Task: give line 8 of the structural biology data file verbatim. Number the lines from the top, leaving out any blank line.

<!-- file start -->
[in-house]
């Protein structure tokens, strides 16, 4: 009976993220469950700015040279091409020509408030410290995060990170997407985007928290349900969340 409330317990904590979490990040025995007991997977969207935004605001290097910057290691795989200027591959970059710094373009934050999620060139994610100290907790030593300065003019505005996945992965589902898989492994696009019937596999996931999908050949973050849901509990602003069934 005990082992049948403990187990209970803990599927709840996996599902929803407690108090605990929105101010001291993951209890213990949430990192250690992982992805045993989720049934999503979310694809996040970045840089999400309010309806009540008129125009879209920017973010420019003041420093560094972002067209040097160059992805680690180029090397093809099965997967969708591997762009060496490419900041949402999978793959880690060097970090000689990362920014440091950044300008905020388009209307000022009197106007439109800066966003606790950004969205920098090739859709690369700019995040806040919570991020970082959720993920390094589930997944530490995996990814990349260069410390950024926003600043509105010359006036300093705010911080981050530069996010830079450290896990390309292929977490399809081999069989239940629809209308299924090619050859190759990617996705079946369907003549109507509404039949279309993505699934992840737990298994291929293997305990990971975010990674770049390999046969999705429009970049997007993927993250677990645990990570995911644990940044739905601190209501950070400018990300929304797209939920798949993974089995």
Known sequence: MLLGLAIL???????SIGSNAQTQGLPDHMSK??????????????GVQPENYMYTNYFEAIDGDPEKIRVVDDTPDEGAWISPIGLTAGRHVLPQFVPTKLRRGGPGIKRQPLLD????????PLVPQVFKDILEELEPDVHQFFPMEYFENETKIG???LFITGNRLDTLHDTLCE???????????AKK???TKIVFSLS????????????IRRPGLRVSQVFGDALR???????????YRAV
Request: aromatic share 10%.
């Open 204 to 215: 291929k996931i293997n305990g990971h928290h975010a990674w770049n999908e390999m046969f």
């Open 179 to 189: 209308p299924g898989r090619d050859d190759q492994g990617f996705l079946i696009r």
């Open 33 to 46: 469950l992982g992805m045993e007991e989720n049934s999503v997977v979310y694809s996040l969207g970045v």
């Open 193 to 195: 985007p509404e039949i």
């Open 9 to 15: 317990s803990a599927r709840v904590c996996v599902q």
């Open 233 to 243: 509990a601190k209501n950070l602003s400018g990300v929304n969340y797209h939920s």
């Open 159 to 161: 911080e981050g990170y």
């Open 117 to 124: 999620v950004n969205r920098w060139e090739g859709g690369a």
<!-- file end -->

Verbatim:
């Open 193 to 195: 985007p509404e039949i």